P379 Inflammatory bowel disease-induced chronic abdominal pain can be ameliorated by transcranial direct current stimulation
M. S. Prüß*, A. Farmer, B. Siegmund
Charité - University Hospital Berlin, Campus Benjamin Franklin, Department of Gastroenterology, Berlin, Germany
Inflammatory bowel disease (IBD) is accompanied by chronic abdominal pain in up to 38%. Transcranial direct current stimulation (tDCS) has been shown to be a powerful method to decrease chronic pain in different pain conditions such as spinal cord injury, pelvic pain and neuropathic pain. This study tested whether anodal tDCS ameliorates chronic abdominal pain in IBD compared with placebo.
The trial conducted used a randomised, placebo-controlled, double-blind, parallel design (ClinicalTrials.gov Identifier: NCT02048137). Twenty patients with either Crohn’s disease or ulcerative colitis were enrolled. Eligibility criteria included abdominal pain (≥ 3/10 on the visual analogy scale for at least 3 months in the past 6 months). Participants were randomly assigned to 2 groups: i) anodal (n = 10), or ii) placebo tDCS (n = 10). tDCS was applied over the primary motor cortex contralateral to the most painful abdominal side for 5 consecutive days (2mA; (i) 20min or (ii) 30sec). Assessments at baseline and after the intervention taken by a blinded evaluator included pressure pain threshold (primary outcome), visual analogy scale, inflammatory markers (C-reactive protein, calprotectin, erythrocyte sedimentation rate), and questionnaires on quality of life, functional symptoms (Irritable Bowel Syndrome-Severity Scoring System (IBS-SSS)), disease activity, and pain catastrophising. Follow-up assessment was performed 1 week after the end of the intervention. Data were analysed using ANOVA and t-tests.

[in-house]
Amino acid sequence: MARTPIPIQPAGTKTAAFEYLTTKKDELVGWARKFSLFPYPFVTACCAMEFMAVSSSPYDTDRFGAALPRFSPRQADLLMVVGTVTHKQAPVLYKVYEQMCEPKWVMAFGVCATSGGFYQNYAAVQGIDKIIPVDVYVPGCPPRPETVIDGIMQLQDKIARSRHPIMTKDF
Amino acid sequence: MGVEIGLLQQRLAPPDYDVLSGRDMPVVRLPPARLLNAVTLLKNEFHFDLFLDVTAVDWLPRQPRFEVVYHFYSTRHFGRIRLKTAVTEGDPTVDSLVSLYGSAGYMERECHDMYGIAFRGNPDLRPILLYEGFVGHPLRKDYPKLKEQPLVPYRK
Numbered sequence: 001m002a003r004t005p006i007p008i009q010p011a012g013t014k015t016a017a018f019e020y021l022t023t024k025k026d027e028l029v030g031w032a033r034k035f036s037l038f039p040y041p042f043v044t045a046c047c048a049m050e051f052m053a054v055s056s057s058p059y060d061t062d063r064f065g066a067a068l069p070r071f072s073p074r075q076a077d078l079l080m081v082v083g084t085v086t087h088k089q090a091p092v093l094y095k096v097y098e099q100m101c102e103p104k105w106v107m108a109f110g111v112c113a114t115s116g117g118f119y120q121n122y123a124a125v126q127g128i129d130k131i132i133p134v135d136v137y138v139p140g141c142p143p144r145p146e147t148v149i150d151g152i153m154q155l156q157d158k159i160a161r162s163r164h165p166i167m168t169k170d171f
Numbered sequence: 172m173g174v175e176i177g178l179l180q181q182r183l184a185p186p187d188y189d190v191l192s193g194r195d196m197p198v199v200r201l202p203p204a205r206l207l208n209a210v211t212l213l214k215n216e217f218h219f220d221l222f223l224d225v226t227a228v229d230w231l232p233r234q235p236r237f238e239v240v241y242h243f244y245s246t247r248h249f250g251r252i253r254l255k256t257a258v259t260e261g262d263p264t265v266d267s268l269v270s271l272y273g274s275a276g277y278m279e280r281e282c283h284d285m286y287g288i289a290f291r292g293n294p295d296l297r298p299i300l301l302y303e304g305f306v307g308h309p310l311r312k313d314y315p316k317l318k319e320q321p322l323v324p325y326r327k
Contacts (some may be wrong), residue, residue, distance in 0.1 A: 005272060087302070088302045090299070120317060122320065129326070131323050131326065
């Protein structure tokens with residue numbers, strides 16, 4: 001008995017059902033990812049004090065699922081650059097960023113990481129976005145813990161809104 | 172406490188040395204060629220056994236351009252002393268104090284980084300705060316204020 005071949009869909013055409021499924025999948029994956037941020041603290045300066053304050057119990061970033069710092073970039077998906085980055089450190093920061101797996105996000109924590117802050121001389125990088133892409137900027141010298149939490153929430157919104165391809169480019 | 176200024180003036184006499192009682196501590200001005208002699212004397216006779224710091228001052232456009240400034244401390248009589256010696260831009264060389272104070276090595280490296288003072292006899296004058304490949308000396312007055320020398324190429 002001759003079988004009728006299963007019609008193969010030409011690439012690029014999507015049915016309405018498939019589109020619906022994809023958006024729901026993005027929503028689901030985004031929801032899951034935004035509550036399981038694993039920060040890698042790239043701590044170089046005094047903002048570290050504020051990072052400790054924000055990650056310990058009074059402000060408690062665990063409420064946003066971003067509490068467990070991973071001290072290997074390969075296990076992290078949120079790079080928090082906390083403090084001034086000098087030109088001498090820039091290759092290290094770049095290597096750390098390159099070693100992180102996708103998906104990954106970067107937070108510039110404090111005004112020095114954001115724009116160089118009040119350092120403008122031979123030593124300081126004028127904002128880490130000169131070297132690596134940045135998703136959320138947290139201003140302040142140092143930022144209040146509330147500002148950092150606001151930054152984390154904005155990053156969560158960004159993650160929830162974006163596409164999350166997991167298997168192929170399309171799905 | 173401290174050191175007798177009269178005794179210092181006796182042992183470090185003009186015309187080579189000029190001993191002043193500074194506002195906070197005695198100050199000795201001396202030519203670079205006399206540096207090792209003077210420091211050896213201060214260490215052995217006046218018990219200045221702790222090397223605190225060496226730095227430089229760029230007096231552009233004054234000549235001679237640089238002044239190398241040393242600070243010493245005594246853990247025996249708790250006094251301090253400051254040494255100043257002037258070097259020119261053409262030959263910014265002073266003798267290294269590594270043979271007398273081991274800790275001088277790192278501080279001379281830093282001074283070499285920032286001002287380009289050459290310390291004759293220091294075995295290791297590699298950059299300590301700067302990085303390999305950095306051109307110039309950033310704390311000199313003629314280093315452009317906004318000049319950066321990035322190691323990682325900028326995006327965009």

Abdominal pain significantly decreased in the anodal tDCS group compared with placebo. This effect was present for the primary outcome of pressure pain threshold in both sides of the abdomen as well as for the visual analogy scale. Moreover, 1 week after finishing the intervention pain was still significantly decreased in the right abdominal side of the intervention group. Comparing both groups after the 5-day intervention, there was also a significant reduction on the pain catastrophising scale and on the IBS-SSS. Inflammatory markers and disease activity remained unchanged throughout the experiment in both groups. Besides mild adverse effects such as tingling, itching and skin redness, no severe side effect was observed.
For chronic abdominal pain in IBD tDCS seems to be an effective and clinical relevant adjunct therapy. The analgesic effects seen were independent from inflammation and disease activity. This emphasises that central pain mechanisms are involved in chronic abdominal pain. This is in line with clinical observations that pain can persist even if mucosal inflammation is healed. Therefore our next study aims to investigate structural and functional changes in the brain due to chronic abdominal pain in IBD by MRI.